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TALAR DOME INJURY

The dome of the talus articulates with the tibia and fibula, and has a key role in ankle motion and in supporting the axial load during weight bearing. The talus is the tallest bone in the foot. It is also one of the bones that makes up the ankle joint. The upper part of the talus is called the talar dome. The dome is made up of bone (osteo) that is covered by a layer of articular cartilage (chondral). Articular cartilage is a smooth shiny material that allows the ankle bones to slide easily over each other as the ankle moves. When a part of the dome cracks or breaks off, it is referred to as an osteochondral fracture of the talar dome. These fractures usually occur as a result of an ankle injury or an ankle sprain. Fractures of the talar dome are generally the result of inversion injuries of the ankle. They are located medially or laterally with equal frequency and occasionally through both. Lateral talar dome fractures are almost always associated with trauma, while medial talar dome lesions can be traumatic or atraumatic in origin. Although the etiology in atraumatic lesions is unclear, osteochondral fragments can separate from the surrounding cartilage surface and dissect into the joint space. As these osteochondral fragments become loose in the joint, they can cause pain, locking, crepitance, and swelling. DIAGNOSIS Clinical diagnosis of talar dome fractures can be highly challenging and are often missed. The patient may have sustained a fall or a twisting injury to the ankle and may generally ambulate with a limb. In the acute setting, the symptoms of a talar dome fracture are similar to and often occur with an ankle sprain. In lateral talar dome lesions, tenderness is generally found anterior to the lateral malleoli, along the anterior lateral border of the talus. In medial talar dome lesions, tenderness is usually located posterior to the medial malleolus, along the posterior medial border of the talar dome. Chronic talar dome lesions, traumatic and atraumatic osteochondritis dissecans lesions may have a clinical presentation similar to that of arthritis. Typical findings include crepitance, stiffness, and recurrent swelling with activity. Diagnosis of talar dome lesions can often be made with standard anteroposterior (AP), lateral, and mortise ankle radiographs. However, repeated radiographs may be necessary because initial films may appear normal. Secondary changes in the subchondral bone (visible on plain radiographs) caused by a compression fracture of the articular osteochondral surface may take weeks to appear. In addition, small chondral fragments are radiolucent and not evident on standard radiographs. Generally, the AP ankle view is best for visualizing deep, cup-shaped medial lesions, although the lesions are often appreciated on the mortise view as well. Lateral lesions are best visualized on a mortise view and are generally thin and wafer-shaped. If suggested by the clinical scenario, fractures not visualized with plain radiographs may require magnetic resonance imaging (MRI) or computed tomography (CT).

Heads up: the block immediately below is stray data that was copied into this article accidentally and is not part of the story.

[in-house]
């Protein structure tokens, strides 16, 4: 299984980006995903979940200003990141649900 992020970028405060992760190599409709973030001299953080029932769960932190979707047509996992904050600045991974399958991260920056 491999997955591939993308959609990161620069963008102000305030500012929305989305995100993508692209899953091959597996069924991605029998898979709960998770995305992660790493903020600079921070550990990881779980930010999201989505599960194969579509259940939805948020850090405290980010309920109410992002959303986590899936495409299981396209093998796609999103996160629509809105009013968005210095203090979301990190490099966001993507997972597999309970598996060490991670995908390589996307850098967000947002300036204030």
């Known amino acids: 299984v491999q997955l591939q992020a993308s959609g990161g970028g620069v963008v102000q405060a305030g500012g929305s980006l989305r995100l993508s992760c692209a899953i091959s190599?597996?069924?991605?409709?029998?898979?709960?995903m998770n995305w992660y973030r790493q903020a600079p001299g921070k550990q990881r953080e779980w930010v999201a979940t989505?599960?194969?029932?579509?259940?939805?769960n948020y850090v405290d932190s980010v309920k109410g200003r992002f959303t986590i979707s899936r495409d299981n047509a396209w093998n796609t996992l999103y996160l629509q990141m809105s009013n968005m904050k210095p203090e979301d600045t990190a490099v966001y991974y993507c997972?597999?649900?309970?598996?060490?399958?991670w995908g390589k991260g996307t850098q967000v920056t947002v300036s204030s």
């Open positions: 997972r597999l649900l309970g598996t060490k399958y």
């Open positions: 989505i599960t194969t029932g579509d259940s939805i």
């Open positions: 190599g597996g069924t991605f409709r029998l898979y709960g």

MRI demonstrates talar dome fracture

_________________________________________________________________________________________________________________________ Brent D. Haverstock, DPM, FACFAS Podiatric Surgeon

Classifying Talar Dome Injuries Talar dome lesions occur in 6.8 to 22.0 percent of ankle sprains, but they can be missed during the initial assessment. The fracture classification developed by Berndt and Harty is widely used to stage talar dome lesions. Classification (Berndt and Harty) Stage I (A): Subchondral bone compression fracture Stage II (B): Osteochondral fracture fragment (partial) Stage III (C): Osteochondral fracture fragment (detached) Stage IV (D): Osteochondral fracture fragment (displaced)

TREATMENT An podiatric surgeon should be consulted for treatment of talar dome lesions because of the high functional demands of the talar dome and the potential for complications. Stage I, II, and III medial lesions can usually be treated nonsurgically with six weeks in a nonweight-bearing cast. Adequate reduction and immobilization are crucial for fracture healing and to avoid avascular necrosis of the fracture fragment. Patients with stage III lateral lesions, stage IV lesions, and persistent symptoms are generally treated surgically. Treatment options for fragment excision range from arthroscopy with or without subchondral bone drilling to open reduction internal fixation.

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Brent D. Haverstock, DPM, FACFAS Podiatric Surgeon

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Microsoft Word - Talar Dome Injury.doc
doi:10.1016/S0278-5919(03)00088-7
doi:10.1016/j.fcl.2004.08.001